Why I Read

The Good Mother

Sometimes, only rarely, I manage to have a good day. The kind when I feel like I accomplish the things normal good moms accomplish every day. Today was a good-mother kind of day. I

  • Did six loads of laundry
  • Folded and put away three of them
  • Washed Jake's bedding (the other three)
  • Got everyone breakfast, made Kendell's lunch, made Nathan's lunch, made sure Nathan was ready before his carpool ride arrived
  • Had dinner made and in the fridge, waiting to be baked, before noon
  • Baked oatmeal chocolate chip cookies (let it be stated: I LOVE a good oatmeal raisin cookie, but as literally no.one.else. in this household likes raisins, if I made that kind of cookie I'd have to eat the entire batch, so I only bake oatmeal chocolate chip)
  • Helped Kaleb finish his homework
  • Facillitated a play date for Kaleb with his friend Joe, who is the only six-year-old I know who wears cologne on a regular basis
  • Reorganized the shelves in my closet
  • Vacuumed the stairs
  • Took out every ounce of garbage before the garbage man arrived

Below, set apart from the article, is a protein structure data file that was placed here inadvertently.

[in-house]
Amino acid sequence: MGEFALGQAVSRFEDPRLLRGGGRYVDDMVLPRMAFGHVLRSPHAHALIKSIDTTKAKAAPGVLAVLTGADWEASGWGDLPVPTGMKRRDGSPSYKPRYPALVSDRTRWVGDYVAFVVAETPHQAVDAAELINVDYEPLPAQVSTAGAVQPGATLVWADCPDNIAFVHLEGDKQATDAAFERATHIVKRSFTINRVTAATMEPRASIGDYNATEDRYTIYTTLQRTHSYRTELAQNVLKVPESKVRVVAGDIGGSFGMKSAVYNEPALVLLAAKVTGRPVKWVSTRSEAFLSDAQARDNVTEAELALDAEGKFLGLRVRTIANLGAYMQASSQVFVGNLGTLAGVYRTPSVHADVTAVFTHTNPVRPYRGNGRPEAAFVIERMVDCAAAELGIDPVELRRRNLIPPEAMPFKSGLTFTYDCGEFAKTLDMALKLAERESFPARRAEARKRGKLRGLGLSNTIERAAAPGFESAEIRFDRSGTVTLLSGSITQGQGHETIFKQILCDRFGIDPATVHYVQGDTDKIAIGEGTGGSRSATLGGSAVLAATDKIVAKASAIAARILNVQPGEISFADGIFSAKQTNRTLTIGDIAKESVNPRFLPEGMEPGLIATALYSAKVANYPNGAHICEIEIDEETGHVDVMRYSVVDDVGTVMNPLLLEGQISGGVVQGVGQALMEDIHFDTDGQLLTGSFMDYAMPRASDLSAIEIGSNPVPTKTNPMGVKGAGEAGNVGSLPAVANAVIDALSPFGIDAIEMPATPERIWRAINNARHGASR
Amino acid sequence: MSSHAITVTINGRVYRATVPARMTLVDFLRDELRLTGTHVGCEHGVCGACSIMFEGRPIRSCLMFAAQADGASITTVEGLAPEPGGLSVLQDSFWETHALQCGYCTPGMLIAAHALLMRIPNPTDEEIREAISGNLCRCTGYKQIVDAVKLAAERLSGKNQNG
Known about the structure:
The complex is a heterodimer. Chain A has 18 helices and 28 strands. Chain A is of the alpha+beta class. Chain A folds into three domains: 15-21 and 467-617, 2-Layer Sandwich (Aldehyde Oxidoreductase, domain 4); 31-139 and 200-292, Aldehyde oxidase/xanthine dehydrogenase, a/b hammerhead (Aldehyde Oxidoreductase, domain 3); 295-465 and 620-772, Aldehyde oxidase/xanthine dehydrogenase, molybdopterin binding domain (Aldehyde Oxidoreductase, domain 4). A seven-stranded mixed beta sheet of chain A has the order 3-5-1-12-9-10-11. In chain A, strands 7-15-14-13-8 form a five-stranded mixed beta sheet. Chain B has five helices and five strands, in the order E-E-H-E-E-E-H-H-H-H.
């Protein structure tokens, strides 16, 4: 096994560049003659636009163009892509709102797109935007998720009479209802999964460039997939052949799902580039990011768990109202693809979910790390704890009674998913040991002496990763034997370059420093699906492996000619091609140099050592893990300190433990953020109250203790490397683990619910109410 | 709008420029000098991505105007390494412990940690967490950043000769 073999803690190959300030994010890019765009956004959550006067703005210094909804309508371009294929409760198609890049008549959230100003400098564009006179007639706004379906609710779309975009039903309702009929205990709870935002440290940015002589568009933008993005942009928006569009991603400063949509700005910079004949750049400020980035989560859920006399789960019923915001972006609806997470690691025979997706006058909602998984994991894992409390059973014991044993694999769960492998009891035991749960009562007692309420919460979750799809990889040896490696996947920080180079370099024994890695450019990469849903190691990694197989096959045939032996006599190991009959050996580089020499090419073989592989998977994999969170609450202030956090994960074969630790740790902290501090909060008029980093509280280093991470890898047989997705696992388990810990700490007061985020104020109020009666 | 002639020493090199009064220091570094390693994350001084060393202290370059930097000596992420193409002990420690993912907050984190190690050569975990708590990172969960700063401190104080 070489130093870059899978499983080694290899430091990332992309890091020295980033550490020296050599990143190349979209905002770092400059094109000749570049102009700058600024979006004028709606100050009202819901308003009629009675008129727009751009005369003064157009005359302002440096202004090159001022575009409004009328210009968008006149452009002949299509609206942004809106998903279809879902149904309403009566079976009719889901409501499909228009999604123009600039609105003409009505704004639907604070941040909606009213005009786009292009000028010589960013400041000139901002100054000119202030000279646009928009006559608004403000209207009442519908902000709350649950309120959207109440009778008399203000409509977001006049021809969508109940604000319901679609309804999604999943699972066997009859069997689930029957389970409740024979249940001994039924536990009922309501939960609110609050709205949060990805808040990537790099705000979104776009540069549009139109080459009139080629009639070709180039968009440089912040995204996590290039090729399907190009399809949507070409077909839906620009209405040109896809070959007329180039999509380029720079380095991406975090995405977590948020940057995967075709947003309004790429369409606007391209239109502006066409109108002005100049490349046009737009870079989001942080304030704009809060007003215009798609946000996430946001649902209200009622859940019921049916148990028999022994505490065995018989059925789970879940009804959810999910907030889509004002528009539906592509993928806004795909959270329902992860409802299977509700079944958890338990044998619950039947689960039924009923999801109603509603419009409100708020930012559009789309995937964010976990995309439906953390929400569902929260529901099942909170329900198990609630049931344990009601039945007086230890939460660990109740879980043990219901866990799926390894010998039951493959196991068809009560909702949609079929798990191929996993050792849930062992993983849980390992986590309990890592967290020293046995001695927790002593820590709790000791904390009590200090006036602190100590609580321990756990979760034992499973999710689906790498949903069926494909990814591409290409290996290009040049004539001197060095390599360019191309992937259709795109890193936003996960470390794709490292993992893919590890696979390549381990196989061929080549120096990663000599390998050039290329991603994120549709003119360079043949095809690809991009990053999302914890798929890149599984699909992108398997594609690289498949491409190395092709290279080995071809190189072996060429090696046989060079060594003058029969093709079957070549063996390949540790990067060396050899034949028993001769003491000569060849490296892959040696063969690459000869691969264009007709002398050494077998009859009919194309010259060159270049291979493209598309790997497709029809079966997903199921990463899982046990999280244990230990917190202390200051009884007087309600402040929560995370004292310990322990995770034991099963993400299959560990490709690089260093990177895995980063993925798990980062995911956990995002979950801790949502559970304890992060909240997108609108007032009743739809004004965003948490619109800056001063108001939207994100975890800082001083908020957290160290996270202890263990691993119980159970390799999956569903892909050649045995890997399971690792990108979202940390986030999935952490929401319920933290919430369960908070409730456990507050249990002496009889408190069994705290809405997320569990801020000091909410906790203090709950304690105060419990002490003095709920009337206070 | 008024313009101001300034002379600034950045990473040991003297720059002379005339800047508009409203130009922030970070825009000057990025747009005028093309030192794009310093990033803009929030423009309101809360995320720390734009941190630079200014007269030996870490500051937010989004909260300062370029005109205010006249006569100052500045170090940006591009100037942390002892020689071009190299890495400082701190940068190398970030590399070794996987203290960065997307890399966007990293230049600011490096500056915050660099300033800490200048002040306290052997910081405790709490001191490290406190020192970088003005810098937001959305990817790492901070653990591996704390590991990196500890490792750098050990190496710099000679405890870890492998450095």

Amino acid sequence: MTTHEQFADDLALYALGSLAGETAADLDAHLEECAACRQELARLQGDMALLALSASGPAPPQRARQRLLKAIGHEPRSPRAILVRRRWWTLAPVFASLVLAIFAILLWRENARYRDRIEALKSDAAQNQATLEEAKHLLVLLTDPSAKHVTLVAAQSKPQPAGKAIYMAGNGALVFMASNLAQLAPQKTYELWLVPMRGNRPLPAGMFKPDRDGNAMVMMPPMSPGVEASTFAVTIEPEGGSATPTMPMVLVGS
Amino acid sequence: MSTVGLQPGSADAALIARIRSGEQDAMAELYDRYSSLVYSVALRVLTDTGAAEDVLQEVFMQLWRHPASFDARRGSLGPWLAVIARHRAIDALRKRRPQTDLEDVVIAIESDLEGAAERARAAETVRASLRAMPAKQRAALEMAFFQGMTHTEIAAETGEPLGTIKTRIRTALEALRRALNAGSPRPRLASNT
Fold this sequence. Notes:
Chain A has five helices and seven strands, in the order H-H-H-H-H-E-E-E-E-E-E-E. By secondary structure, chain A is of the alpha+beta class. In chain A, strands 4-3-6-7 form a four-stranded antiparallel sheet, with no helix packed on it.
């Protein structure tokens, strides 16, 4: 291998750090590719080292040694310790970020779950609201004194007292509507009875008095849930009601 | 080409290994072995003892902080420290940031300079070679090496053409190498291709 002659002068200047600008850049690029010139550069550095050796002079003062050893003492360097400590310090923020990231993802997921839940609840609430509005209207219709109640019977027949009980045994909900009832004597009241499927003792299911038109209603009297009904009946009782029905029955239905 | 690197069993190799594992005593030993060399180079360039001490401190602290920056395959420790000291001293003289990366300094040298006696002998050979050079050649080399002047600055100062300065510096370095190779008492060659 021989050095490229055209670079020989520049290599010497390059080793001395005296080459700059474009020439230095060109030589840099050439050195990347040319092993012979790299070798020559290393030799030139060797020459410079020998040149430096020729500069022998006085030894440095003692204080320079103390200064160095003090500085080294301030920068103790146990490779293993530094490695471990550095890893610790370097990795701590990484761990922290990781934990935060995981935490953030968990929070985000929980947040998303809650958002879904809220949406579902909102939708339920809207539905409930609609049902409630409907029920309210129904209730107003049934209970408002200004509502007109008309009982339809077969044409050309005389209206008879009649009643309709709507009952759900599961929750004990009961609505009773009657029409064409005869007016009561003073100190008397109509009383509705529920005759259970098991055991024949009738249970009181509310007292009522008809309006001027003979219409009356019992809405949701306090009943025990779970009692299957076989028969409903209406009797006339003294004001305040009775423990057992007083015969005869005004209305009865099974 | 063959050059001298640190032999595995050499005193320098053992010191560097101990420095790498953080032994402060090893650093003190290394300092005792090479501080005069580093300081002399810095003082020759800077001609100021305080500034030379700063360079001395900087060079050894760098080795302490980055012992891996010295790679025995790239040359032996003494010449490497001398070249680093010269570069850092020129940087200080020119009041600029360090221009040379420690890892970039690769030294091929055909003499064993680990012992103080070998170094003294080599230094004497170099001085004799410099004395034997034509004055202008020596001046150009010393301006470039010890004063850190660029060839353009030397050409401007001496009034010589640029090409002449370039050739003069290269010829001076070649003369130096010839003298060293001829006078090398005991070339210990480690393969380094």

• Went to Kaleb's kindergarten performance
  • Went to Jake's track meet
  • Went to work
  • Picked up Haley and went to the grocery store
  • Purchased only healthy things at the store: grapes, cantaloupe, honeydew, strawberries, bananas, tortellini, tomatoes, turkey.

What I didn't do: scrapbook, photoshop, read outside of the bathroom, dive into the quilt I am all of a sudden burning to make. I didn't eat any caramel Easter eggs. I didn't take a long shower (just a short one!), didn't pick my toenails, didn't spend any time reading anyone's blog.

All of which has led me to an epiphany: I only really, really feel like a good mother if I dedicate my every moment to someone else. I love that I accomplished so much today, and that I feltlike I was being a decent person all day long. Even though I was not, of course, anywhere perfect (I forgot to pay Haley's lunch money, and I couldn't stay for all of Jake's track meet because I had to go to work, and I didn't record all of Kaleb's performance because my camera battery died, and I had to break Nathan's heart by telling him that I cannot go on his field trip on Thursday because I don't have anyone to watch Kaleb that day), I didn't feel full of my usual barrage of self deprication.

But now that my productive day is finished, I find myself a little bit bothered. Why can't I shut off the "you're being selfish and lazy" internal monologue when I doindulge in those other things (the scrapbooking or reading or quilting or writing or even just sitting on the front porch doing nothing other than staring at my sycamore)? Why do I lose the feeling of being a good mother when I am doing something that is centered more on my needs and desires than on my family's? Is the only way to be a good mother to be completely devoted to everyone but yourself?